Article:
While no two activist campaigns are alike, activist engagement generally begins with a private approach to the board of directors or management. If the activist does not succeed in private conversations, more public disclosure of the activist’s campaign can take the form of public letters to the board of directors or management, public letters to stockholders, white papers laying out the activist proposal, or filings with the Securities and Exchange Commission related to ownership of the target’s stock. Finally, and at greater cost to the activist and target alike, activists can commence a proxy contest or litigation.

So how is a bank to know whether an activist has taken a position in its stock? For smaller, privately held banks, it is more important than ever to maintain close oversight of investor rolls. Publicly traded banks need to monitor Schedule 13D and Form 13F filings. An investor that accumulates beneficial ownership of more than 5 percent of a voting class of a company’s equity securities must file a Schedule 13D within 10 days. In an activist campaign, however, 10 days can represent a very long time and an activist can build up meaningful economic exposure through derivatives without triggering a Schedule 13D filing obligation. 13F filings are made quarterly by institutional investment managers. On the antitrust front, and likely more relevant to midsize and larger banks, an investor that intends to accumulate more than $78.2 million of a company’s equity securities must generally make a Hart-Scott-Rodino (HSR) filing with the Federal Trade Commission and notify the issuer of the securities. As with Schedule 13D filings, an activist can use derivative investments to avoid triggering an HSR filing. Given the limits of these regulatory filings, many publicly traded companies turn to proxy solicitors and other advisors who offer additional data analytics services to track a company’s shareholder base.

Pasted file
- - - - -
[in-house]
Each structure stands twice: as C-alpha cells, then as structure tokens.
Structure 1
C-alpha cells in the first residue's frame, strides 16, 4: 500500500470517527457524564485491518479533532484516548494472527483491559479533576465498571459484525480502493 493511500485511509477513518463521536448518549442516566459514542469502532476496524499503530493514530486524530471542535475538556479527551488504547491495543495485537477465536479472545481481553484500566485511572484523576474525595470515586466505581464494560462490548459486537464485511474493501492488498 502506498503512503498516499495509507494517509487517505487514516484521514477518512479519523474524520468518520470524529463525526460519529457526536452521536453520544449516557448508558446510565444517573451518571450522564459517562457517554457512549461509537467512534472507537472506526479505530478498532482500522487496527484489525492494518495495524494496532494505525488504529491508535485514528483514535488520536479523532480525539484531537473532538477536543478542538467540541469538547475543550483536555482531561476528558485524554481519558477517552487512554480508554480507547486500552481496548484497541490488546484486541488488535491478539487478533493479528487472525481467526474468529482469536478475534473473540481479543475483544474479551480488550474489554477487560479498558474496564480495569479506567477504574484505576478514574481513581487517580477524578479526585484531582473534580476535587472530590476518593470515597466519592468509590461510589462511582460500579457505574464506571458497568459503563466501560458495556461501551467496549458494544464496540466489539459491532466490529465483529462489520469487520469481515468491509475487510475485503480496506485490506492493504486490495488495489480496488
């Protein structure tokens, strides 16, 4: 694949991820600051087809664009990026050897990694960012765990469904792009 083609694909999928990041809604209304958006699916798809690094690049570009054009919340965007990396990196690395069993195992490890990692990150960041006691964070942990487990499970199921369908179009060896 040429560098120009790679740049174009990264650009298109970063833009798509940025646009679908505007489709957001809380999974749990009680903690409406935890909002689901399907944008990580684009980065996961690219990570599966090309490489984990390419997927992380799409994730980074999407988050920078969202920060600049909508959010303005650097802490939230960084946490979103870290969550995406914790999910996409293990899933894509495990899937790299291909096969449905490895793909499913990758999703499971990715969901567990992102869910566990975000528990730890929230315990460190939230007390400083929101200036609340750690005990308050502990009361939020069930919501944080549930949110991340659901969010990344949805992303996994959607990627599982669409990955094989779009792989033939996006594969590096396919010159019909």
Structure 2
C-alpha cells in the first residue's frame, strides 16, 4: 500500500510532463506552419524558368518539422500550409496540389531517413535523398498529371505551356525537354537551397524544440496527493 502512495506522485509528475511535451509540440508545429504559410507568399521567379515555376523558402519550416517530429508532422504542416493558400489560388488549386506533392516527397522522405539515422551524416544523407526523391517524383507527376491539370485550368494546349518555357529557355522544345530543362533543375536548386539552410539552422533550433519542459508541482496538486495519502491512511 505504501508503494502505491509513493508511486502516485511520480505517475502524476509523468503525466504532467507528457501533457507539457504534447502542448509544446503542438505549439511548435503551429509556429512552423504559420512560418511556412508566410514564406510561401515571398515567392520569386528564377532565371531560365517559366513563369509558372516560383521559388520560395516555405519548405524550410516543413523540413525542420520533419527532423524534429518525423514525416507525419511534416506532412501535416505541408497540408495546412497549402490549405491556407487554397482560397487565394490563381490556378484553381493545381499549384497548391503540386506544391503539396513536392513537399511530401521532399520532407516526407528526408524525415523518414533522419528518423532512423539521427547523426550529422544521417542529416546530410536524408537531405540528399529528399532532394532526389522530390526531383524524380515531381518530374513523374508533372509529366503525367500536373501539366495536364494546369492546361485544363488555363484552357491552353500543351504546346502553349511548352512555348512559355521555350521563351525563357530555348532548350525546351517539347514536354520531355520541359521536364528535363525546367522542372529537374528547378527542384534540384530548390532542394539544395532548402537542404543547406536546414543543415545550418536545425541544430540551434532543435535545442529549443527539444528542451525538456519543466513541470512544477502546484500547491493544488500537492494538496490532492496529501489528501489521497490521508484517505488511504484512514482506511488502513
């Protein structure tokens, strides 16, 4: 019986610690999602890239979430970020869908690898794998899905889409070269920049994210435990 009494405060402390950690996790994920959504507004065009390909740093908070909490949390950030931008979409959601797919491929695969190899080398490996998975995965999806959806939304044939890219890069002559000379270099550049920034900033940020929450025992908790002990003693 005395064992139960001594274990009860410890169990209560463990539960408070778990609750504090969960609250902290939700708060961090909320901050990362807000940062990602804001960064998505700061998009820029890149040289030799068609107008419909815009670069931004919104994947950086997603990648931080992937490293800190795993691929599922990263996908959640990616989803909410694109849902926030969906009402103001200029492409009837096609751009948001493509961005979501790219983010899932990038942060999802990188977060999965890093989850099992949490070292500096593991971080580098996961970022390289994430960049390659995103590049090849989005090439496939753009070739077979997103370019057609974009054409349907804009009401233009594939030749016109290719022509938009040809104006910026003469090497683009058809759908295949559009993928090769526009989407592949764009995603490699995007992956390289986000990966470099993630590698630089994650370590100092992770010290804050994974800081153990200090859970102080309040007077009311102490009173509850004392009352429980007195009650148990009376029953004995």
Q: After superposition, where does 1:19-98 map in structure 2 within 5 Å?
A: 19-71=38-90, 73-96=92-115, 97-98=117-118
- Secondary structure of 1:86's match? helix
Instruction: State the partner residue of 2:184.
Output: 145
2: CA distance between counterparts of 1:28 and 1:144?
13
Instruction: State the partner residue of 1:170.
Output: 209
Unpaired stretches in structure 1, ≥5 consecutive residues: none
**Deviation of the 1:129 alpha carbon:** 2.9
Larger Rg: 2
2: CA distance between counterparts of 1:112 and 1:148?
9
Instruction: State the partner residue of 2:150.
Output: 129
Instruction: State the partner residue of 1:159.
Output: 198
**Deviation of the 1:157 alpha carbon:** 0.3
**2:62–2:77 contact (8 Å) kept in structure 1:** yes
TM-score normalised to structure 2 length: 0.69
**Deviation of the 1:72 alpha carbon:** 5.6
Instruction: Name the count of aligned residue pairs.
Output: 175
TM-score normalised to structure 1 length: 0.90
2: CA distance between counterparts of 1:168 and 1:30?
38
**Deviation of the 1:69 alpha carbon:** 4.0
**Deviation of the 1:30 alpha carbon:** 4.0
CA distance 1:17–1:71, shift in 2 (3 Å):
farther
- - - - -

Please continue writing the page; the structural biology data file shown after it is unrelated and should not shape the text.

Boards must proactively prepare for such events. Any activist response plan will address a handful of key issues, including an assessment of the bank’s vulnerabilities, an analysis of the bank’s shareholder rights profile, engagement with shareholders on strategic priorities generally, identification of the proper team to respond to an activist approach, and ongoing analysis and monitoring of the shareholder base. No plan will address all potential activist approaches, but the planning exercise alone, done well in advance without pressures of an activist campaign, can position a bank to minimize exposure to activist pressures and to respond quickly, proactively and effectively to activist approaches.

Fighting Off the Activists

3-2-15-CommerceSt.pngShareholder activism is on the rise and has become an increasingly relevant topic in boardrooms throughout the country. The regional and community banking sectors have also seen an increase in activist investors submitting shareholder proposals. The adage is true: The best defense is a good offense. With activist investors, the best defense is maintaining an extremely efficient, profitable bank with performance metrics and key operating ratios in the top quartile of a realistic peer group.  If this does not describe your situation, then your bank may prove an ideal target for an activist. An honest, objective assessment of a bank’s susceptibility to an activist, as well as strategic preparation about the bank board’s initial response will largely dictate the outcome of an activist’s approach.